Today’s scriptures reintroduce us to a couple of prophets, a man who needs to be healed, and a whole lot of water.
I’ve always thought that there must be something not quite right about this story of the man at the sheep pool. If he had been there for thirty-eight years did he seriously want to be healed? If a person was convinced the water was going to heal them, wouldn’t they do everything in their power to get in it? Personally, I would be pushing people around, formulating a plan, or at least making alliances. So when Jesus asks him, “do you want to be healed,” this is a highly accurate question. Thirty-eight years just seems a little too passive. Notice the man’s response to Jesus. He says there is no one to put him in the water once it begins to stir. He certainly doesn’t take any responsibility for himself and he is quick to blame. I’ve often wondered if perhaps he actually got to the edge, and in that moment of looking down into the water he realized he might drown if he were to hop in. It is highly likely that one of his friends or acquaintances did drown in the sheep pool. If this is the case and he gets his body to the edge of the water, I suspect as he looked down, his fear of dying overcame his desire to be healed and he began to back away.
This lent, I have listened to many people choosing to back away from opportunities of grace. I’ve watched people respond out of fear to situations that ultimately are good and healing. I’ve witnessed people choosing death over life. And the people who have been holding on to grudges from thirty-eight years ago are still making excuses.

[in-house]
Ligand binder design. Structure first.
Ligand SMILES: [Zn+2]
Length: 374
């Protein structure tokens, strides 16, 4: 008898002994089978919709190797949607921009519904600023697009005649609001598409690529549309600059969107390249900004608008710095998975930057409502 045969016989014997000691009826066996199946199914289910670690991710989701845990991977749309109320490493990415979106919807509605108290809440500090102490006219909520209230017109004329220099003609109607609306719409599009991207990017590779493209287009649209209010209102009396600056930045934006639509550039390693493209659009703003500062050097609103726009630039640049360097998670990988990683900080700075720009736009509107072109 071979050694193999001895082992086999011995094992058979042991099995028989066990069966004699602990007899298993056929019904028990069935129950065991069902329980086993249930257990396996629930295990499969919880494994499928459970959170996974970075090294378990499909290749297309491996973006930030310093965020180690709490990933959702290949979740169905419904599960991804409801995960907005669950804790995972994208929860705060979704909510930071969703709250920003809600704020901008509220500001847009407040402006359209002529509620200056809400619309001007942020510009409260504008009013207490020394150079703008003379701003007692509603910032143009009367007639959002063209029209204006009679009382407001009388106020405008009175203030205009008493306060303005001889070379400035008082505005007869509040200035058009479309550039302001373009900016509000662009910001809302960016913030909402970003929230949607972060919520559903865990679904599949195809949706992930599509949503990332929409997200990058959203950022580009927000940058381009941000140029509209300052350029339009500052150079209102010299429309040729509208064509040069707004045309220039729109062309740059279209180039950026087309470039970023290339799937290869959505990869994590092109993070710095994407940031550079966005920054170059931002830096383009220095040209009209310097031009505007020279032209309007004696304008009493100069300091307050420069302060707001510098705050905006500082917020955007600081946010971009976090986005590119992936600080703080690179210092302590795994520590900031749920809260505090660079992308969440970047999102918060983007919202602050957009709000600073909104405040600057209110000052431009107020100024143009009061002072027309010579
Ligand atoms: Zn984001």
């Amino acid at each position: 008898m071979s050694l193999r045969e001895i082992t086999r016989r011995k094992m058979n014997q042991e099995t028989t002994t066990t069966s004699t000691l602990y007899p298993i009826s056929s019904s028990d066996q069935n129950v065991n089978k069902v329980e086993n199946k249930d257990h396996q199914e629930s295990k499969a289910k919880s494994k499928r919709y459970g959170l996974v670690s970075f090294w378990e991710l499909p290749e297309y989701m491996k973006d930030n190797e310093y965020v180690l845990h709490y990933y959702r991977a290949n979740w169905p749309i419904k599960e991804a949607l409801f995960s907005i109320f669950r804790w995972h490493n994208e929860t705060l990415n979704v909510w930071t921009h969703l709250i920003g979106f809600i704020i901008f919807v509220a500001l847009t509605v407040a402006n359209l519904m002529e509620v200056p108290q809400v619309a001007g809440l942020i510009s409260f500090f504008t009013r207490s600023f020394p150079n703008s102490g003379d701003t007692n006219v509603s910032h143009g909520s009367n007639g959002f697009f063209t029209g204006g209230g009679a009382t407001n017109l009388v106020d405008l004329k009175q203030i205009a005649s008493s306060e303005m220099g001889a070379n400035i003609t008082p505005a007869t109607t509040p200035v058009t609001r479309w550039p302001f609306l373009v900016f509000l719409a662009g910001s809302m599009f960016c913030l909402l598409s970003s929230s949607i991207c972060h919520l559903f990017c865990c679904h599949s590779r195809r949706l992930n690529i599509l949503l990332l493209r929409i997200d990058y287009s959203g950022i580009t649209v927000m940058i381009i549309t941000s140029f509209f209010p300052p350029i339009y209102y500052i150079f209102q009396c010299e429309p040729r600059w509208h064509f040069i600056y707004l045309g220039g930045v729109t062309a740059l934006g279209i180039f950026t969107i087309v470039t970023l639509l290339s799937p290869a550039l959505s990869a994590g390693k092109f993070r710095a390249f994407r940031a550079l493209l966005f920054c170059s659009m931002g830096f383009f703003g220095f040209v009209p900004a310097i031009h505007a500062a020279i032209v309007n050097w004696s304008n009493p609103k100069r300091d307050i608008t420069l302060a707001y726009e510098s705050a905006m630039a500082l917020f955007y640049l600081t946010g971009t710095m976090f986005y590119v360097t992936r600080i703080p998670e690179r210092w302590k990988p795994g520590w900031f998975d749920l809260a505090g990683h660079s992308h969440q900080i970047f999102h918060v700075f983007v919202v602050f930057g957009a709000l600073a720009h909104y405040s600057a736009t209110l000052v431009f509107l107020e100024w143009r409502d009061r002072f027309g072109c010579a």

I’ve also seen the opposite case. I’ve witnessed people praying to be washed in the river of grace. It is the prophet Ezekiel in the first reading who measures off spans by which the water keeps getting deeper and deeper. This water is flowing, pouring out of the temple, into the Kidron Valley, and out to the sea. Ezekiel’s description is an immense river of grace that overflows with abundance, and everything it engages gets transformed into bountiful life. Son-of-man, have you ever seen this before? Seen what before? Trees that give fruit every month with leaves and roots for medicine, or rivers of grace so abundant one can’t even swim to the other side?
Ezekiel’s description is so vivid that you can easily imagine yourself there. Can you see the beauty? Can you appreciate the moment and even smell the fragrance? The vitality of the colors is so healing and peaceful. Sitting in such splendor holds a timelessness. There’s no need to check the time or the appointment calendar. And we certainly wouldn’t need interruptions on our cell phones. We can enter these places of immense beauty and it is as though time has stopped. For a brief instant, we can taste eternity.
Several years ago when I was in retreat ministry, I went out for a hike and I discovered two beautiful waterfalls which merged into a pool. I sat by the pool watching the water sparkling and shimmering in the morning sun in this dynamic dance of movement, momentum, gravity, and creation. Not a single person passed by me in the hour and a half I sat there. And sadly, I found myself naming reasons I wouldn’t be coming back tomorrow morning. They were similar in content and tone to people who decline to make a weekend retreat, or are too busy to volunteer for a service organization, or are unwilling to fast for a good cause, or are incapable of sitting in a quiet chapel for a mere fifteen minutes.
As we are now in the fourth week of Lent, help us Lord to remove the excuses, and to appreciate your grace.
Fr. David Colhour, C.P. is the pastor of St. Agnes Parish in Louisville, Kentucky.